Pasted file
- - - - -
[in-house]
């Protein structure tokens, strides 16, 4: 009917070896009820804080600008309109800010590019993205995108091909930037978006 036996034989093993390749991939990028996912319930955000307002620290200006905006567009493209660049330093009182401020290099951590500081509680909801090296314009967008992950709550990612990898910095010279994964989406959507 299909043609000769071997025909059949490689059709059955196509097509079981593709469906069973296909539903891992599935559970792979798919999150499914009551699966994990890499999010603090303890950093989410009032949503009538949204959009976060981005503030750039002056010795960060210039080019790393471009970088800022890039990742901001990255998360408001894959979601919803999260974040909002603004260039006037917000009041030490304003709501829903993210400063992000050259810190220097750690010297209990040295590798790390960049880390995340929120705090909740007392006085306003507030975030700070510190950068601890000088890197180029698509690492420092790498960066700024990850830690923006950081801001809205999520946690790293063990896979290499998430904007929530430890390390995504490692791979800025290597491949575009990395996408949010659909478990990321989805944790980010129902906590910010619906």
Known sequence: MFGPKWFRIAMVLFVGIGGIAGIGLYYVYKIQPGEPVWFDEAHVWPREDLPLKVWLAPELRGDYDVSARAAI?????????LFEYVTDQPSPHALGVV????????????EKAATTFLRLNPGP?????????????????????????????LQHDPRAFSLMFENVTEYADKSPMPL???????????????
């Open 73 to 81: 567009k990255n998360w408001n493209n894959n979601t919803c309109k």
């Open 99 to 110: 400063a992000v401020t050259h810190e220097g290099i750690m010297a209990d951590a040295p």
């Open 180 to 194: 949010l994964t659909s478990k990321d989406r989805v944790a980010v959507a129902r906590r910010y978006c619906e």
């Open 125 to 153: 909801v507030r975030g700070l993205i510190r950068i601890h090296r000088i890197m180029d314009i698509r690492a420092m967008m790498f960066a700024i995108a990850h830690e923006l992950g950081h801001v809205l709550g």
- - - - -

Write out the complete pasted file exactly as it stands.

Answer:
[in-house]
């Protein structure tokens, strides 16, 4: 009917070896009820804080600008309109800010590019993205995108091909930037978006 036996034989093993390749991939990028996912319930955000307002620290200006905006567009493209660049330093009182401020290099951590500081509680909801090296314009967008992950709550990612990898910095010279994964989406959507 299909043609000769071997025909059949490689059709059955196509097509079981593709469906069973296909539903891992599935559970792979798919999150499914009551699966994990890499999010603090303890950093989410009032949503009538949204959009976060981005503030750039002056010795960060210039080019790393471009970088800022890039990742901001990255998360408001894959979601919803999260974040909002603004260039006037917000009041030490304003709501829903993210400063992000050259810190220097750690010297209990040295590798790390960049880390995340929120705090909740007392006085306003507030975030700070510190950068601890000088890197180029698509690492420092790498960066700024990850830690923006950081801001809205999520946690790293063990896979290499998430904007929530430890390390995504490692791979800025290597491949575009990395996408949010659909478990990321989805944790980010129902906590910010619906």
Known sequence: MFGPKWFRIAMVLFVGIGGIAGIGLYYVYKIQPGEPVWFDEAHVWPREDLPLKVWLAPELRGDYDVSARAAI?????????LFEYVTDQPSPHALGVV????????????EKAATTFLRLNPGP?????????????????????????????LQHDPRAFSLMFENVTEYADKSPMPL???????????????
């Open 73 to 81: 567009k990255n998360w408001n493209n894959n979601t919803c309109k």
């Open 99 to 110: 400063a992000v401020t050259h810190e220097g290099i750690m010297a209990d951590a040295p």
């Open 180 to 194: 949010l994964t659909s478990k990321d989406r989805v944790a980010v959507a129902r906590r910010y978006c619906e």
């Open 125 to 153: 909801v507030r975030g700070l993205i510190r950068i601890h090296r000088i890197m180029d314009i698509r690492a420092m967008m790498f960066a700024i995108a990850h830690e923006l992950g950081h801001v809205l709550g």